First Arrivals: Elizabeth Hemming

The first of my ancestors to arrive in Australia was my 5 x great-grandmother Elizabeth Hemming.  At this time Elizabeth’s origins have not been confirmed.

On 25 April 1801 at the Gloucester Assizes, Elizabeth was sentenced to transportation to Australia for 7 years for stealing linen and other clothing belonging to a woman named Mary Chappell of Stratton[1].

According to the witness statement of William Truston, Labourer of Stratton, on 24 March 1801 (the day before the Assizes commenced!) his daughter saw a woman who was unknown to her with a gown belonging to Mary Chappell.  He pursued and seized the woman with a bundle of clothing, took her to his house and sent for Mark Chappell to identify the items.  He also stated he had since been told the woman was Elizabeth Hemming of Charlton Kings[1].

In his own witness statement, Mark Chappell, Labourer of Stratton, testified that he was informed by Catharine Truston that a person had been taken into custody on suspicion of having stolen a gown and other things belonging to his wife.  He then went to the house of William Truston where he identified the items as his property[1].

A contemporary newspaper report on the Assizes referred to Elizabeth as “an old offender”, suggesting that this was not her first brush with the law[2].

On 12 August 1802 Elizabeth boarded the HMS Glatton at Chatham.  It was rare for a Royal Navy warship to be used for convict transportation as this task was normally undertaken by private ships under contract.  According to Admiralty records the HMS Glatton was also commissioned to bring timber suitable for ship building back to England from the colony. The HMS Glatton departed from Portsmouth on 23 September 1802 and arrived in Port Jackson, New South Wales on 12 March 1803[3].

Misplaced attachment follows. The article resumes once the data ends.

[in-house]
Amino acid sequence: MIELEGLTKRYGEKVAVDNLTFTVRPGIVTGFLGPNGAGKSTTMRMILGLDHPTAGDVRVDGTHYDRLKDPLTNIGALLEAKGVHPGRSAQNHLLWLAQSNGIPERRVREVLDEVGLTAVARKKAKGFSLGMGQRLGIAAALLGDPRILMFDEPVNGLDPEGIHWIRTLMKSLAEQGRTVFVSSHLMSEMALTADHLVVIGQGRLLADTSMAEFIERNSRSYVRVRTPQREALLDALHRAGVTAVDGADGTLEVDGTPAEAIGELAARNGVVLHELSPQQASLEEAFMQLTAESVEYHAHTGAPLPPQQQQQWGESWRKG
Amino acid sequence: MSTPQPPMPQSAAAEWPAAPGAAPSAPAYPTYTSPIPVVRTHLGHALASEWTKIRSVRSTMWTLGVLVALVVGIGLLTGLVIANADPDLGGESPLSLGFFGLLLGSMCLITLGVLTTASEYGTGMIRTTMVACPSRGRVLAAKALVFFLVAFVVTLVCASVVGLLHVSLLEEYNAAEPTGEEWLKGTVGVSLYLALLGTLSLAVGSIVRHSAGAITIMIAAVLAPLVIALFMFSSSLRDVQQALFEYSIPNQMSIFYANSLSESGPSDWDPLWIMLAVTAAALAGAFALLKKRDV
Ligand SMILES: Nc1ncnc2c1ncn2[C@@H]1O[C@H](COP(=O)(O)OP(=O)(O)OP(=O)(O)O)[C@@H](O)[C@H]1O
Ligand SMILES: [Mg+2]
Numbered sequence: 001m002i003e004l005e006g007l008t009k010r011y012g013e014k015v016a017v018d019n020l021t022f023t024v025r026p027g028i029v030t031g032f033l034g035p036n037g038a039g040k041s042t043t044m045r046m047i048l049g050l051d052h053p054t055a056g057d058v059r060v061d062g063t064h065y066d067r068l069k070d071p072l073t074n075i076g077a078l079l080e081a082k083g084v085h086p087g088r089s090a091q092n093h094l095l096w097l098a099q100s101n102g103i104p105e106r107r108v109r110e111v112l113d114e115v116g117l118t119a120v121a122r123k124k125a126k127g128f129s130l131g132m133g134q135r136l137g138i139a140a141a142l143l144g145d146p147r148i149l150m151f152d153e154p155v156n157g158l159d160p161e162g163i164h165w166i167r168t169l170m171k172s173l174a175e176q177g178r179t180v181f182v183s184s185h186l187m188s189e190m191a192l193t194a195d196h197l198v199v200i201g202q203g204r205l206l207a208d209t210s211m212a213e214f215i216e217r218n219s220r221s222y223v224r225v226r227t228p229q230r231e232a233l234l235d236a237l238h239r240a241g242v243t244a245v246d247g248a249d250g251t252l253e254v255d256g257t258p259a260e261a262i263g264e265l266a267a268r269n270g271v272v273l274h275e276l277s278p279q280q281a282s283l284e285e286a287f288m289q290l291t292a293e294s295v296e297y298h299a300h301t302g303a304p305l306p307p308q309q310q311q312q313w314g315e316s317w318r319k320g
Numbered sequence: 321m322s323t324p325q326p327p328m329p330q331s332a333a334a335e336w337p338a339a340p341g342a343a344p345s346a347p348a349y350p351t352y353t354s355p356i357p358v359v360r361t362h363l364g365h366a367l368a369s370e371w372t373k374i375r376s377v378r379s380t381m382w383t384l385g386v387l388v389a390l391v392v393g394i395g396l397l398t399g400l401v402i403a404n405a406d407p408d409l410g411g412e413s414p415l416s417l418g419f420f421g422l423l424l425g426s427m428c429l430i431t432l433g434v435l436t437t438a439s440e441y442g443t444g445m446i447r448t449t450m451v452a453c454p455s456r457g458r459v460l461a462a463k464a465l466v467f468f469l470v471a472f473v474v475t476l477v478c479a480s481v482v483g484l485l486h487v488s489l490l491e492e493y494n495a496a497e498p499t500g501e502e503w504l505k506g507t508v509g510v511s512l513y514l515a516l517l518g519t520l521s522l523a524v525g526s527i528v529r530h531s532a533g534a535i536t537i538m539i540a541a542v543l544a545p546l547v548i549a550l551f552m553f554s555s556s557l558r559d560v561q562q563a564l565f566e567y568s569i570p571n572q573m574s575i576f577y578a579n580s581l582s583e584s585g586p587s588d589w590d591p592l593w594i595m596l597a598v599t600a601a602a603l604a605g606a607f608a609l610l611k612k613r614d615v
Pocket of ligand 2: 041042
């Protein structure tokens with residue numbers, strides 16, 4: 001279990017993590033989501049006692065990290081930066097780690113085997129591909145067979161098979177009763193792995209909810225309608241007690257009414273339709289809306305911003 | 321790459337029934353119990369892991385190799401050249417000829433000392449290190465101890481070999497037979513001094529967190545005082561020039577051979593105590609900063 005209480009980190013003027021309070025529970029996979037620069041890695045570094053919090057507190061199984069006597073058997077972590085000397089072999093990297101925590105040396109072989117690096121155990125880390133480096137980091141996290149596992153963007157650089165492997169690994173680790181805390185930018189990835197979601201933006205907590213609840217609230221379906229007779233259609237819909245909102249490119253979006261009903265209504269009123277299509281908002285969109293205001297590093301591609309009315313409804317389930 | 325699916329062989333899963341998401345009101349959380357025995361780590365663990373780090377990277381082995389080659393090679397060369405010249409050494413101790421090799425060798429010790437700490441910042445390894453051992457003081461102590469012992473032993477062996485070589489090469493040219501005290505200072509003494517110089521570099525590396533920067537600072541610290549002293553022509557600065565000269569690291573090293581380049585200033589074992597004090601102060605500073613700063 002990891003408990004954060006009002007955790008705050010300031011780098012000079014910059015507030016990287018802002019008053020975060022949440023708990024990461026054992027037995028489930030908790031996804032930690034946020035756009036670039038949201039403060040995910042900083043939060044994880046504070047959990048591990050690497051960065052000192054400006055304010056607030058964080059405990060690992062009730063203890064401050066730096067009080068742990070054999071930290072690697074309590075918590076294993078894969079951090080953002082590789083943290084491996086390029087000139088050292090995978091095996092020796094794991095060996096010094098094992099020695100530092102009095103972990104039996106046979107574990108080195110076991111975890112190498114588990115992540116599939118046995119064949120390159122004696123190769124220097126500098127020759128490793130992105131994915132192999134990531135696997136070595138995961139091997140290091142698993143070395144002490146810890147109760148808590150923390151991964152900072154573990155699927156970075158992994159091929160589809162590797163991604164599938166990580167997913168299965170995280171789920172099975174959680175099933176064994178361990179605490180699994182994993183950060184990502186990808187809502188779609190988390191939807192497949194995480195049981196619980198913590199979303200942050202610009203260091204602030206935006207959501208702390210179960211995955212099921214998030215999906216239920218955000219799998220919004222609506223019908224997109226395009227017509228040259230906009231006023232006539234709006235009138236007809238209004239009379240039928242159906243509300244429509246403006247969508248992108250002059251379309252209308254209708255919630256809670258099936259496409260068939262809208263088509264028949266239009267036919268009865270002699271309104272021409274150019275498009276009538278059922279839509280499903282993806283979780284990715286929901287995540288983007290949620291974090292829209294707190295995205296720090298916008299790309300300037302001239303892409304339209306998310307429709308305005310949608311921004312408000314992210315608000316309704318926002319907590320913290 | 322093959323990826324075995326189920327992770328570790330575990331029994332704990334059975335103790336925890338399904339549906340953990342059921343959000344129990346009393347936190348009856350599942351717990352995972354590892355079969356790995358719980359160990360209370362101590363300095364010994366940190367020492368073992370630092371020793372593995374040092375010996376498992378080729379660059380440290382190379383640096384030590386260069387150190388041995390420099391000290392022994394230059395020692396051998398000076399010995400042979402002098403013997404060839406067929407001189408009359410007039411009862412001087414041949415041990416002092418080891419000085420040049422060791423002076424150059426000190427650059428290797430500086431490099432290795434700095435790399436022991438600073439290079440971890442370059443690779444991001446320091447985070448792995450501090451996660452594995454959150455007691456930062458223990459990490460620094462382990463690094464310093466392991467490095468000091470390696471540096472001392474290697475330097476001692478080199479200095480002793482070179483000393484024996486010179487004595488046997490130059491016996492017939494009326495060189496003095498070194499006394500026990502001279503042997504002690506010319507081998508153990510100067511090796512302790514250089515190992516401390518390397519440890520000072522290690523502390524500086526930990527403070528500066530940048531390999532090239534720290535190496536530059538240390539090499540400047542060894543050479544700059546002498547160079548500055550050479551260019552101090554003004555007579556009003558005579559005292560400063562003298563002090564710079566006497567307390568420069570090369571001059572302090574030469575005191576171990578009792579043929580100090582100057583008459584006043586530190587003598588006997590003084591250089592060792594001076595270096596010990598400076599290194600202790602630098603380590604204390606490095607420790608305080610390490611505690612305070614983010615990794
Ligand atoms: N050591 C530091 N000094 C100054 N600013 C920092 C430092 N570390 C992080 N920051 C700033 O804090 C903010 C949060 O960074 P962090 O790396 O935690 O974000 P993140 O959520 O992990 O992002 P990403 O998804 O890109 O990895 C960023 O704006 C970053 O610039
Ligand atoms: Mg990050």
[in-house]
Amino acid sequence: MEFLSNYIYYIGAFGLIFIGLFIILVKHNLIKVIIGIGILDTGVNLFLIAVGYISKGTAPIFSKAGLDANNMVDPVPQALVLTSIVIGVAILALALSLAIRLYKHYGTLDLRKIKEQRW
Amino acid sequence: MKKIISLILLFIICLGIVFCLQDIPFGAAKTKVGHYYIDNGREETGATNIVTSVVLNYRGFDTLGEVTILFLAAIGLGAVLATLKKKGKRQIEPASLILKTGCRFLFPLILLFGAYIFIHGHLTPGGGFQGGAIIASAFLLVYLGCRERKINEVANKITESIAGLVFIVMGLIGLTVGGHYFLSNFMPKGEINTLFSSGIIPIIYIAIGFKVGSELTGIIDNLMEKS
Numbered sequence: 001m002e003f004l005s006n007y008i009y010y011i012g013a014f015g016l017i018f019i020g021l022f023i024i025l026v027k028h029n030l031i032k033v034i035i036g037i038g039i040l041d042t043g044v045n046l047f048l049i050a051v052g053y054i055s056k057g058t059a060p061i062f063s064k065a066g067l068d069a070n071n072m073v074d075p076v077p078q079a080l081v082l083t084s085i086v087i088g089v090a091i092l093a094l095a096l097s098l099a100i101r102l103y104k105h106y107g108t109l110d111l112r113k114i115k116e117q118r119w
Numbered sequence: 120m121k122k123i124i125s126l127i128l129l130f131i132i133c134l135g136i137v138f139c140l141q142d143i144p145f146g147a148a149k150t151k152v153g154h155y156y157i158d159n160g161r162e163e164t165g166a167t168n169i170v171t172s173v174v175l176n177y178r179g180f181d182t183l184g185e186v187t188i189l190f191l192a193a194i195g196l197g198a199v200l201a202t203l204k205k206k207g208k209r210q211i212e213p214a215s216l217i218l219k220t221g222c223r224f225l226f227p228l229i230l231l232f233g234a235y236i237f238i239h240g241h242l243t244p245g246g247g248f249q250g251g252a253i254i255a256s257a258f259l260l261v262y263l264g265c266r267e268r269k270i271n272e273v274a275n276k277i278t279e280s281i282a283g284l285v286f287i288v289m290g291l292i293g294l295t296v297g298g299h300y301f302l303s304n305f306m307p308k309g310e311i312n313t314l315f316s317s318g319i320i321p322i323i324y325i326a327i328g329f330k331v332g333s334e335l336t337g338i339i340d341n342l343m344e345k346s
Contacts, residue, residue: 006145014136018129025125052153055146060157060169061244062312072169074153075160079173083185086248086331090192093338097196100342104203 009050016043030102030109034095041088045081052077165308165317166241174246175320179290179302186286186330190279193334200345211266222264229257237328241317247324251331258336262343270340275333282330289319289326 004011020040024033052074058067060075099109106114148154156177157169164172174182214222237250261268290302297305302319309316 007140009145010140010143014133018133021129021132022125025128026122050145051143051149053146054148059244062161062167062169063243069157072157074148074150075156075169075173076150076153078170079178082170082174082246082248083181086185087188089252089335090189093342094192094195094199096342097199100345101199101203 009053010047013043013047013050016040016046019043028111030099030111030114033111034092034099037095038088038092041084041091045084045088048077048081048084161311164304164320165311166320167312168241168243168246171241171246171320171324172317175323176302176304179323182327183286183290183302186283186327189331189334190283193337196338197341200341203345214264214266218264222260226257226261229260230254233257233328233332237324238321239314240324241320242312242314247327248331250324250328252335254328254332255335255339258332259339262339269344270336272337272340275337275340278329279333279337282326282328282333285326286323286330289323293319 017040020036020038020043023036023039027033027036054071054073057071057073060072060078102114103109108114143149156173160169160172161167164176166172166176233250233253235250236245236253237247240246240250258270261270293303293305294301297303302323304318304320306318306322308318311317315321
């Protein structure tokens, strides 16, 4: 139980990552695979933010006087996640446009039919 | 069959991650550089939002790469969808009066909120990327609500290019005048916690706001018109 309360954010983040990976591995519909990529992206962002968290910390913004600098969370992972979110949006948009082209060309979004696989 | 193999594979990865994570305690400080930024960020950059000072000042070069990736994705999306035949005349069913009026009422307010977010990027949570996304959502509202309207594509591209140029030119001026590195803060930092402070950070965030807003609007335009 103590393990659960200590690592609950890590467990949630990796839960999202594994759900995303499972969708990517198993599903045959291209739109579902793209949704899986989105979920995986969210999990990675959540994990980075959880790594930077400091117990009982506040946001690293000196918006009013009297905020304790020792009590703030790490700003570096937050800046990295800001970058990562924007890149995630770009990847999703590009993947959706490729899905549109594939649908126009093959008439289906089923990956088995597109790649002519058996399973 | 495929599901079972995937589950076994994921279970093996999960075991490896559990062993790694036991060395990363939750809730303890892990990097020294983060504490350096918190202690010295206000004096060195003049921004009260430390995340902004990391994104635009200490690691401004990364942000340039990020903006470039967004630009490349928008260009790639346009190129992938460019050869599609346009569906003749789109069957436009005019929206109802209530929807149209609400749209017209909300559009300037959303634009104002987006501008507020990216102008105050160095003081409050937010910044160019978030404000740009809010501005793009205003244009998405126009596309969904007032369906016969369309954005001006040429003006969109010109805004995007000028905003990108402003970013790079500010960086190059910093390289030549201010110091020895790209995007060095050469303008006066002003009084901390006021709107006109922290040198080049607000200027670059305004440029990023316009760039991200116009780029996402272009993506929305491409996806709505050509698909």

Sydney Cove ca 1803

A view of Sydney from the western side of the Cove, circa 1803,
possibly showing the HMS Glatton at anchor [a]

On arrival Elizabeth went to work for Thomas Carter, a convict who had arrived earlier in 1800 on the Royal Admiral[4].  In 1803 Ensign George Bond of the New South Wales Corps published an account of his experiences at Port Jackson that gave details of the treatment of female convicts.  According to Ensign Bond there was a pecking order for selecting female convicts as servants: commissioned officers first, followed by non-commissioned officers, then privates and lastly established convicts who had acquired property and were able to gain the Governor’s permission to acquire a servant.  Those not chosen were assigned huts to live in[5].

On 12 July 1803 (exactly 4 months after arriving in Port Jackson) Elizabeth gave birth to her daughter Hannah, although the surname for the birth and for Hannah’s baptism on 29 July 1804 was registered as “Emmins”.  Hannah’s father was named on the baptism record as James Goldsmith[6].  Hannah was my 4 x great-grandmother and I will explore her parentage further in my next post.